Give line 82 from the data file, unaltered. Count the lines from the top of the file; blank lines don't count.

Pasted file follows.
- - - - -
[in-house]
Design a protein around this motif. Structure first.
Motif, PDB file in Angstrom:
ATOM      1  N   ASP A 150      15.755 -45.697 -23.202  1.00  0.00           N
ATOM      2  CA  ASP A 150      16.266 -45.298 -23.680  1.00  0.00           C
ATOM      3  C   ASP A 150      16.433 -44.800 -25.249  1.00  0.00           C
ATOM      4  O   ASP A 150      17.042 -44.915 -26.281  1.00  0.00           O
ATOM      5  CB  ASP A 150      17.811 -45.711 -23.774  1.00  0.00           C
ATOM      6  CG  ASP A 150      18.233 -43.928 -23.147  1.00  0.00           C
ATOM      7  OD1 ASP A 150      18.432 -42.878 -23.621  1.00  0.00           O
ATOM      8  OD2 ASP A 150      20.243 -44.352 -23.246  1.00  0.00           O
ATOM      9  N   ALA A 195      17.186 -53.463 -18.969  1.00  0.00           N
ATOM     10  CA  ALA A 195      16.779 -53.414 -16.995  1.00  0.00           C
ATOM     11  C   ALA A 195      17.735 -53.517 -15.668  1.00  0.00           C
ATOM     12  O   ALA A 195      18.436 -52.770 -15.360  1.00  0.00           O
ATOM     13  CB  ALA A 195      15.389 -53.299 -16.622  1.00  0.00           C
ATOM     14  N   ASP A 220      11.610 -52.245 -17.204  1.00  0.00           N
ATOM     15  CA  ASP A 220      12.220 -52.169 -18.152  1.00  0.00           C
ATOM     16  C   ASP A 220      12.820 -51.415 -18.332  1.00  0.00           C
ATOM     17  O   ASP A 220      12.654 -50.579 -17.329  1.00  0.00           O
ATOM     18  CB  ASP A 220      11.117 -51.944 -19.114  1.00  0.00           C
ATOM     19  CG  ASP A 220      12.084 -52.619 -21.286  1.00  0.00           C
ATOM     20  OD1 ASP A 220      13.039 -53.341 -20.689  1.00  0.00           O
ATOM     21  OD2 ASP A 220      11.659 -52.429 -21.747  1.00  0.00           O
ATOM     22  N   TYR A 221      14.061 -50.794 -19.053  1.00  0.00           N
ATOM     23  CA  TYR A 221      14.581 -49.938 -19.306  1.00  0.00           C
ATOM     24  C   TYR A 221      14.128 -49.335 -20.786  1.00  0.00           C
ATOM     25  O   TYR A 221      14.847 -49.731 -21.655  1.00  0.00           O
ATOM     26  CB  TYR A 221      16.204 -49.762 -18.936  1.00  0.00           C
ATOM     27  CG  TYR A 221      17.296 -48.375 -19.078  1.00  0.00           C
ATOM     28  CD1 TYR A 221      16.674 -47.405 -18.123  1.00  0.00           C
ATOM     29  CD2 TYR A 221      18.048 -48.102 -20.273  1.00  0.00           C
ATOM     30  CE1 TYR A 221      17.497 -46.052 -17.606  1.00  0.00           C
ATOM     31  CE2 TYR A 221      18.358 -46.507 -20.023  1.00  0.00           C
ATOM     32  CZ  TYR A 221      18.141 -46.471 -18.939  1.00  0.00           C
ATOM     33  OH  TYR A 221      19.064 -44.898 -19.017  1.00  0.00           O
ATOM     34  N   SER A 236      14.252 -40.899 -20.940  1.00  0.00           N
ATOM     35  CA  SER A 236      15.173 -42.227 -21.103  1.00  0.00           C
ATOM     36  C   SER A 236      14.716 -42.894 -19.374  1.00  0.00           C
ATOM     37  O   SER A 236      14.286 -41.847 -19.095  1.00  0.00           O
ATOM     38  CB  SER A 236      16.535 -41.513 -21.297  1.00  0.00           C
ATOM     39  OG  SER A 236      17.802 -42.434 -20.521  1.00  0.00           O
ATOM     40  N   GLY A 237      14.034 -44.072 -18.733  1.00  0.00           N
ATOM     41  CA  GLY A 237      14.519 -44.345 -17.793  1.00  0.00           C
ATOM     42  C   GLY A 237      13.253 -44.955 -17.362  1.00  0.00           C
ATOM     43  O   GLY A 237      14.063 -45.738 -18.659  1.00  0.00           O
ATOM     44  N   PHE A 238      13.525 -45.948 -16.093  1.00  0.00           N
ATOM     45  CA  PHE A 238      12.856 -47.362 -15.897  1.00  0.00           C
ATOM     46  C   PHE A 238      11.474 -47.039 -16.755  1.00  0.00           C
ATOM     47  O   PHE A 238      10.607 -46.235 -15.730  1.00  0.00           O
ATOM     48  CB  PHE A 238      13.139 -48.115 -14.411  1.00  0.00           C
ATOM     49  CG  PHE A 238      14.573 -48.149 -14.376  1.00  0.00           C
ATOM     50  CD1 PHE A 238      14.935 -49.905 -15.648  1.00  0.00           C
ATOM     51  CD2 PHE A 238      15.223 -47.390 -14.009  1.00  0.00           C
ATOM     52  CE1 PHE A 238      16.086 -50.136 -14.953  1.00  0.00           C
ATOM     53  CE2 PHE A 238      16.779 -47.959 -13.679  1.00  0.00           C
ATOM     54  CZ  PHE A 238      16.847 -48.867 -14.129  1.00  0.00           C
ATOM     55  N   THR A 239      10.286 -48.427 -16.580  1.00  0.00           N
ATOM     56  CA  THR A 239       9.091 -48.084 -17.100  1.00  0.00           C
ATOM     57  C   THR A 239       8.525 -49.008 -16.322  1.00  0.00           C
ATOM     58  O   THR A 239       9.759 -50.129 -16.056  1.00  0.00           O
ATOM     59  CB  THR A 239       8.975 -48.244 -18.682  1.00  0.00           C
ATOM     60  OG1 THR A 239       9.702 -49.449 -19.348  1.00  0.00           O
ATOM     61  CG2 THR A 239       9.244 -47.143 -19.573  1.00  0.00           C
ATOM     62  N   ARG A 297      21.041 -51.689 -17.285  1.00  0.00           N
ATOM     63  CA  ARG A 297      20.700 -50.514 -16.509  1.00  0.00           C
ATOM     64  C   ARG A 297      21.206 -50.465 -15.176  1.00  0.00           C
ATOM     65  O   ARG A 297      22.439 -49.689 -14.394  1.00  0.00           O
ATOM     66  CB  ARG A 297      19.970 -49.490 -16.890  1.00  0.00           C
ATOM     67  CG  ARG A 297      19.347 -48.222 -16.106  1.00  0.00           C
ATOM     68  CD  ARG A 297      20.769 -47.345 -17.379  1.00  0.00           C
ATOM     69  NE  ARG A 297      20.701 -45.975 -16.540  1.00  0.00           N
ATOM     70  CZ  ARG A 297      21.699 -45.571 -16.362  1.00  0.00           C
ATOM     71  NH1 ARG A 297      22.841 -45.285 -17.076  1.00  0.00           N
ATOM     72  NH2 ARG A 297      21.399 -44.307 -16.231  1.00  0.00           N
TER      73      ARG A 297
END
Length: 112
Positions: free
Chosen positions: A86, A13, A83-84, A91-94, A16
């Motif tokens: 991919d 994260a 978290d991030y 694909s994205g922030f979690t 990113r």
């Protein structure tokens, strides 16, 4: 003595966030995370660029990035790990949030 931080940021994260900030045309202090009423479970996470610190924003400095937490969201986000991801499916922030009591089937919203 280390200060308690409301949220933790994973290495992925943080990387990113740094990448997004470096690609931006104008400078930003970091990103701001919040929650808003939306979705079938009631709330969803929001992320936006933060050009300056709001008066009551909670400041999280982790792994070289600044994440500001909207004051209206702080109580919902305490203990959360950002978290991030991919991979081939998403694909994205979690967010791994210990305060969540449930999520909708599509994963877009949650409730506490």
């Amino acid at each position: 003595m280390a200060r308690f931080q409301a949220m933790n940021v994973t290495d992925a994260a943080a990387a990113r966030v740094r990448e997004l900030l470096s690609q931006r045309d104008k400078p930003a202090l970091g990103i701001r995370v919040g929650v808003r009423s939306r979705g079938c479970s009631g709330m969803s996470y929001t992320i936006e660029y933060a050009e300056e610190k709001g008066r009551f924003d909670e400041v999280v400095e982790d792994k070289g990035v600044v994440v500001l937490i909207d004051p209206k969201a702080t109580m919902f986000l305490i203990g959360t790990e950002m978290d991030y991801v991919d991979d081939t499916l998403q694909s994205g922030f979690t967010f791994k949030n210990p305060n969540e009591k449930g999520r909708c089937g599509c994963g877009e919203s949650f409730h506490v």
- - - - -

């Protein structure tokens, strides 16, 4: 003595966030995370660029990035790990949030 931080940021994260900030045309202090009423479970996470610190924003400095937490969201986000991801499916922030009591089937919203 280390200060308690409301949220933790994973290495992925943080990387990113740094990448997004470096690609931006104008400078930003970091990103701001919040929650808003939306979705079938009631709330969803929001992320936006933060050009300056709001008066009551909670400041999280982790792994070289600044994440500001909207004051209206702080109580919902305490203990959360950002978290991030991919991979081939998403694909994205979690967010791994210990305060969540449930999520909708599509994963877009949650409730506490």